Using noble gases to trace groundwater evolution and assess helium accumulation in Weihe Basin, central China

Wen Zhang, Yuhong Li, Fenghua Zhao, Wei Han, Yan Li, Yunpeng Wang, Greg Holland, Zheng Zhou

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    Abstract

    The severe shortage of helium resources is an impending global problem. However, the helium accumulation processes and conditions favorable for helium enrichment in reservoirs remain poorly understood, which makes helium exploration challenging. Noble gases are good tracers of subsurface fluids provenance, migration and storage, as well as indicators of the nature and quantity of associated phases. In this study the variation of major gases and noble gases data in Weihe Basin provide us with an excellent opportunity to understand the groundwater evolution and helium accumulation processes. Twelve gas samples collected from wellheads of geothermal wells can be classified into three groups, in which Group A has high concentrations of N2 (58.57% - 91.66%) and He (0.32% - 2.94%); Group B has high contents of CH4 (52.94% and 69.50%) and low concentrations of He (0.057% and 0.062%); Group C has a high content of CH4 (71.70%) and He (2.11%). Helium isotopic ratios are predominantly radiogenic in origin and therefore crustally derived. Measured elemental ratios of noble gases are compared with multiple fractionation models for Group A and B samples, implying that open system heavy oil-water fractionation with excess heavy noble gases has occurred in the basin with Voil/Vwater ratios of 0.06-0.18. The amount of helium in Group A and B samples requires the release of all 4He produced in the crust since 0.30Ma-1.98Ma into the groundwater. The Group C sample requires an additional He flux from adjacent granitic bodies. The accumulation of helium and hydrocarbon in the Weihe Basin can be explained by a 4-stage process. Accumulation of commercially viable helium requires high He flux from source rocks, the existence of a free gas phase of major gas components (CH4 in most cases, N2 or CO2) and minimal major gas addition after formation of the free gas phase.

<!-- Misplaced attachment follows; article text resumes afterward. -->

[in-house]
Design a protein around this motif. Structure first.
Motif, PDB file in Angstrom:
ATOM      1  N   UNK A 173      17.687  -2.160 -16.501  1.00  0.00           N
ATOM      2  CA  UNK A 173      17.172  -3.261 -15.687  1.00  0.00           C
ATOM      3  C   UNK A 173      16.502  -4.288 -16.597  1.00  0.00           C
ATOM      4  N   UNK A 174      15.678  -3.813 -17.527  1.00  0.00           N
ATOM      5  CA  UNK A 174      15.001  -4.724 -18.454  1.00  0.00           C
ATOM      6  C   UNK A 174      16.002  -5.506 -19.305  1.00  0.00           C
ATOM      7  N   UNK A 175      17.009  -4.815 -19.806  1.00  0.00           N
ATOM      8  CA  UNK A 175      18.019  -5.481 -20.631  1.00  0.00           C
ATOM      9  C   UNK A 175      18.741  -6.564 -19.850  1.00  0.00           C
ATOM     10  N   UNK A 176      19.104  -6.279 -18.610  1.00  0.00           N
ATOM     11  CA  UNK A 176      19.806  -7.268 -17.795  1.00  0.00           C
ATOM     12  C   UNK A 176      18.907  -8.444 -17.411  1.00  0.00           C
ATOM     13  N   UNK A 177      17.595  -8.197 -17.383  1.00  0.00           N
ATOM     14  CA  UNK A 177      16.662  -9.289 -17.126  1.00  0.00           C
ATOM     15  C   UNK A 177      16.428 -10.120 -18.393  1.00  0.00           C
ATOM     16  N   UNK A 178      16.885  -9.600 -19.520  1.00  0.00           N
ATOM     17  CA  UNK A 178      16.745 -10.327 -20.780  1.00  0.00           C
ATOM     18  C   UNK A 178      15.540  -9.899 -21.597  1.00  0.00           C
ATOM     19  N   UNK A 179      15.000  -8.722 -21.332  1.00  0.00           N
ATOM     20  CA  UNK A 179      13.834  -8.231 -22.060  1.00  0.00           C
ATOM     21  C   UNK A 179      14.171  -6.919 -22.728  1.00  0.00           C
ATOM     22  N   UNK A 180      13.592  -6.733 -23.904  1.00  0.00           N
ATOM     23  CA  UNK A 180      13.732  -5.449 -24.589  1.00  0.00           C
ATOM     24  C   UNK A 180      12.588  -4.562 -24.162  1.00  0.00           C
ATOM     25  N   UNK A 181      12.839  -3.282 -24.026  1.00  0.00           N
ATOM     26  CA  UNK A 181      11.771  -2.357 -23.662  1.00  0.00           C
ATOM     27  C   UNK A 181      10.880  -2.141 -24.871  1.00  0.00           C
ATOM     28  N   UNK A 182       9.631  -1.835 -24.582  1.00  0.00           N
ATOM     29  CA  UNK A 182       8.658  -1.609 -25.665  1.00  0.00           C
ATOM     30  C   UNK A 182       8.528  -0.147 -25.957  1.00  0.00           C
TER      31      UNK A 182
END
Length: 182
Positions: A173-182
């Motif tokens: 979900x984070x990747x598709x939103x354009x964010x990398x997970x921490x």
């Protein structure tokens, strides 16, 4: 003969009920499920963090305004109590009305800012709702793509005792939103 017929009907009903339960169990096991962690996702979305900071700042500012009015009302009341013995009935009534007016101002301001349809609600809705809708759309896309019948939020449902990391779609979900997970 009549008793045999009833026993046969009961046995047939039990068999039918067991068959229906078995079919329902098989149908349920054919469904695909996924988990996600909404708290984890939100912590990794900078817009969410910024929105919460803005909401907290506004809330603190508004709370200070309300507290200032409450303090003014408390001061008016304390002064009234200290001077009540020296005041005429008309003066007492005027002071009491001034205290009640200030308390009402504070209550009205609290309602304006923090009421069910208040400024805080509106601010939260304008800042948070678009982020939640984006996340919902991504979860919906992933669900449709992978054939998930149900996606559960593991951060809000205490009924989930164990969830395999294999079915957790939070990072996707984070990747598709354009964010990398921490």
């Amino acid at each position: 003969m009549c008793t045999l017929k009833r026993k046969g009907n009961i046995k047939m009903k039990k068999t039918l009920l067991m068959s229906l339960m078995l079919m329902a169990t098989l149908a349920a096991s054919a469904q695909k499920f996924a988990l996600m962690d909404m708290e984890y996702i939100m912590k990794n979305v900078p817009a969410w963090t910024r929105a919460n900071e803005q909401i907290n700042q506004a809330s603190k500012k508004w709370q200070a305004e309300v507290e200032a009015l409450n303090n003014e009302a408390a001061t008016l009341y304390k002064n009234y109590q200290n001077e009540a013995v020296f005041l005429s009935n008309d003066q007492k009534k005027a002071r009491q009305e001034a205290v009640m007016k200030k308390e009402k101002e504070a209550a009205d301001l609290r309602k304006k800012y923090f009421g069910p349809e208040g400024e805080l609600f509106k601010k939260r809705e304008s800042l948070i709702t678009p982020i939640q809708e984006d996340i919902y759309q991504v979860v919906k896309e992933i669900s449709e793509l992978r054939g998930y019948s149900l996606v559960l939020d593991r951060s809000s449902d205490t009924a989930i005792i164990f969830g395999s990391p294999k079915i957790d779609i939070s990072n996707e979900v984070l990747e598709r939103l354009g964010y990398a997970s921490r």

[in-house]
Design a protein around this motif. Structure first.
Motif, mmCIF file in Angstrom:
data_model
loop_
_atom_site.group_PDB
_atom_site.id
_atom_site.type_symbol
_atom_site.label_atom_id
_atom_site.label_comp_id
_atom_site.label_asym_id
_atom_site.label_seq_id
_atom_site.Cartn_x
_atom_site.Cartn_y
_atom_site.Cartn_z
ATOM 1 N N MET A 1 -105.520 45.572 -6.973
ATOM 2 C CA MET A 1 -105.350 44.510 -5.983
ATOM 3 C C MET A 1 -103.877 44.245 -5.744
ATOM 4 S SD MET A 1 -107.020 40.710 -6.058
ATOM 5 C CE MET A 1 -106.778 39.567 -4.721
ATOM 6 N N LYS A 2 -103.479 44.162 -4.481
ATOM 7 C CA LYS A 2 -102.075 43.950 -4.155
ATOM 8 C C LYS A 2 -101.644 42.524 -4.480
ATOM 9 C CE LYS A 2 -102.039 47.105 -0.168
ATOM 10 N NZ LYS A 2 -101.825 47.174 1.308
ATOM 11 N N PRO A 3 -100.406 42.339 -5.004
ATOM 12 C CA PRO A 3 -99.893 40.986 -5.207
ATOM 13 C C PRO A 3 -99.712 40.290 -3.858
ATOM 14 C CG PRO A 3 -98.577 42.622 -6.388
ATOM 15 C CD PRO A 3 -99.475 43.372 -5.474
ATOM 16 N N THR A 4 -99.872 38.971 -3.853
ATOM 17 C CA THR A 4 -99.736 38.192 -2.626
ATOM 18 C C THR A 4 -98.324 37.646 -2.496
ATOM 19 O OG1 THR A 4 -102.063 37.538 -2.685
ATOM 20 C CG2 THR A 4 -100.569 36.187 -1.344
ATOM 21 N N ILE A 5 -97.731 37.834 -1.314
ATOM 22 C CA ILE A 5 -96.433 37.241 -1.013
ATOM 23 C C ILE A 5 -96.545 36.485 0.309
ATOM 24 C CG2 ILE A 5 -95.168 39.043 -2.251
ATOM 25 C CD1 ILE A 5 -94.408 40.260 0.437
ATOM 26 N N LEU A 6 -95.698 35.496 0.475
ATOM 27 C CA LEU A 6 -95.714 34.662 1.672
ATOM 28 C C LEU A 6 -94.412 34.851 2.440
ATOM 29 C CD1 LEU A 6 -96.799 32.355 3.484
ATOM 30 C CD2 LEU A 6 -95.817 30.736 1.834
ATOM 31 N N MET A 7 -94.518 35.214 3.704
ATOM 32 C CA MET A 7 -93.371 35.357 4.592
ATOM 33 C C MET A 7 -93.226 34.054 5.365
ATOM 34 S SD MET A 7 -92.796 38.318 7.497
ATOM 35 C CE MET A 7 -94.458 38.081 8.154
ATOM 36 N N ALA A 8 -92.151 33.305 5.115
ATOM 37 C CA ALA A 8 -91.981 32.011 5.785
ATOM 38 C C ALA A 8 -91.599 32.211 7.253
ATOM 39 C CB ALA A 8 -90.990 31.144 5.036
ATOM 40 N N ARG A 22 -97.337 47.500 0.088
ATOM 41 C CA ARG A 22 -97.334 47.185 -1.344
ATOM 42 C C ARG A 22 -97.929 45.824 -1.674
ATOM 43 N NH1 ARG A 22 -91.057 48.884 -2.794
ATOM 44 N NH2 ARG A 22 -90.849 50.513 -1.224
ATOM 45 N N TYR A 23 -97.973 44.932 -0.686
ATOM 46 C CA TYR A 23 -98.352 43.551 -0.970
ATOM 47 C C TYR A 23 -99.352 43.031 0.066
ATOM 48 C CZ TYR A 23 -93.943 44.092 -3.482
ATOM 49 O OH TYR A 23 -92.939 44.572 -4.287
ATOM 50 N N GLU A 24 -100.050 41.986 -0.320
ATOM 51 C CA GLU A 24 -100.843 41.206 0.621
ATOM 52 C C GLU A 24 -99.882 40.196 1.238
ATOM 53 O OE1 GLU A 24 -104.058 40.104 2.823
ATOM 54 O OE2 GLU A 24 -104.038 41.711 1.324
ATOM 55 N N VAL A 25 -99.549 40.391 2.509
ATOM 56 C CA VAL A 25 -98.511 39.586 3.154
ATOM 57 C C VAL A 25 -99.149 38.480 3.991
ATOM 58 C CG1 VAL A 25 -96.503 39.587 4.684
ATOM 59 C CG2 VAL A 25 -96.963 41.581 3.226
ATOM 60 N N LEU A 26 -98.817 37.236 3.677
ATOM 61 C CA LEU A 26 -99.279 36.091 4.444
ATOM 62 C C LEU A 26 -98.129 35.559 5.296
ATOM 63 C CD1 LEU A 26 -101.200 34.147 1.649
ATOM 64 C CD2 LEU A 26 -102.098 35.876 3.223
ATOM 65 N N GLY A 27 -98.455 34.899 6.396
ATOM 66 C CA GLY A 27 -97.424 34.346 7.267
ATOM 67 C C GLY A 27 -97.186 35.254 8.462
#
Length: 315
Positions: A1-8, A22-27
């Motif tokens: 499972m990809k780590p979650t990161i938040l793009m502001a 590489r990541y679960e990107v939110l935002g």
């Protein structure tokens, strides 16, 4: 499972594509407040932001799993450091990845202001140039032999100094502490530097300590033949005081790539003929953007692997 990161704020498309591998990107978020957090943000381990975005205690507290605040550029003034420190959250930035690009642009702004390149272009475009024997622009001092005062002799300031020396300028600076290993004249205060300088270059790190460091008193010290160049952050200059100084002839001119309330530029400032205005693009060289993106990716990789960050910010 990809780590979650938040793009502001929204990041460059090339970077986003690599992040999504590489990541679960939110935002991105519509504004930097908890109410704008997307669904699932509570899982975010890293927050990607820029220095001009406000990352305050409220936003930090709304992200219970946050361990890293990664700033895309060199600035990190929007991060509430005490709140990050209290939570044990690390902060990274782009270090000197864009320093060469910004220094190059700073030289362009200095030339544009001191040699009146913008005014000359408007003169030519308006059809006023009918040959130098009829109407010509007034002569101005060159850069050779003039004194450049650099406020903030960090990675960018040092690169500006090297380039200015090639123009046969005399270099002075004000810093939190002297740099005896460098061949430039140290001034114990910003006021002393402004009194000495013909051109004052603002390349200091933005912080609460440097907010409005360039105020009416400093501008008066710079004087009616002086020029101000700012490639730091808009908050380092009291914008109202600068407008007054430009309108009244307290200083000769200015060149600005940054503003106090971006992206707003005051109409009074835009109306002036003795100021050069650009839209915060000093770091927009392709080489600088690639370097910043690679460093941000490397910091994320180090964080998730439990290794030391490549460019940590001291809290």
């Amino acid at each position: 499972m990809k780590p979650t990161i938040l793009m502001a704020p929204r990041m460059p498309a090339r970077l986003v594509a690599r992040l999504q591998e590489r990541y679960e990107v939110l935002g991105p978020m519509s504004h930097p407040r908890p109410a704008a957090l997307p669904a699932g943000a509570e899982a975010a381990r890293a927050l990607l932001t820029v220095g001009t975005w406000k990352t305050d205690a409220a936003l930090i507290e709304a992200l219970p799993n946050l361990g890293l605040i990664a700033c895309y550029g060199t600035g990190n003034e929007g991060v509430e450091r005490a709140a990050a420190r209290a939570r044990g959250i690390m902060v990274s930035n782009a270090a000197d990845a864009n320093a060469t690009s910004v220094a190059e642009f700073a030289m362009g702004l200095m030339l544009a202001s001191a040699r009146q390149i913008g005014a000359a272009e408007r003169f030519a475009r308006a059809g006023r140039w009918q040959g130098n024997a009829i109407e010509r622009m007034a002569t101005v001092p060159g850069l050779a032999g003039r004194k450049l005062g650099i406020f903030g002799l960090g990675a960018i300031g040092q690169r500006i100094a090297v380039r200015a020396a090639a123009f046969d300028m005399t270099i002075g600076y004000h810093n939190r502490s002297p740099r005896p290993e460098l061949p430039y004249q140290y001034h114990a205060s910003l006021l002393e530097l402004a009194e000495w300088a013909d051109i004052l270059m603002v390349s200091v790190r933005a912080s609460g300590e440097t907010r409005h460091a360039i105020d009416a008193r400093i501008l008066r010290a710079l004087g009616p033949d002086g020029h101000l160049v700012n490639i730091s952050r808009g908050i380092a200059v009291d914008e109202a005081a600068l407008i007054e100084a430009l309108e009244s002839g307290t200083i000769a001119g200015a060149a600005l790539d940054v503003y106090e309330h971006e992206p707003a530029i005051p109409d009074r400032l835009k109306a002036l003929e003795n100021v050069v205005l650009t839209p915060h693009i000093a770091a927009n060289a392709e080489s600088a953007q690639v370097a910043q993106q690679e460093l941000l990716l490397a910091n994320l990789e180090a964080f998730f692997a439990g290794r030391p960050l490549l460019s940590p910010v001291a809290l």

Original languageEnglish
    JournalGeochimica et Cosmochimica Acta
    Early online date22 Feb 2019
    DOIs
    Publication statusPublished - 2019

    Keywords

    • Noble gases
    • Helium accumulation
    • Oil-water fractionation
    • Weihe Basin

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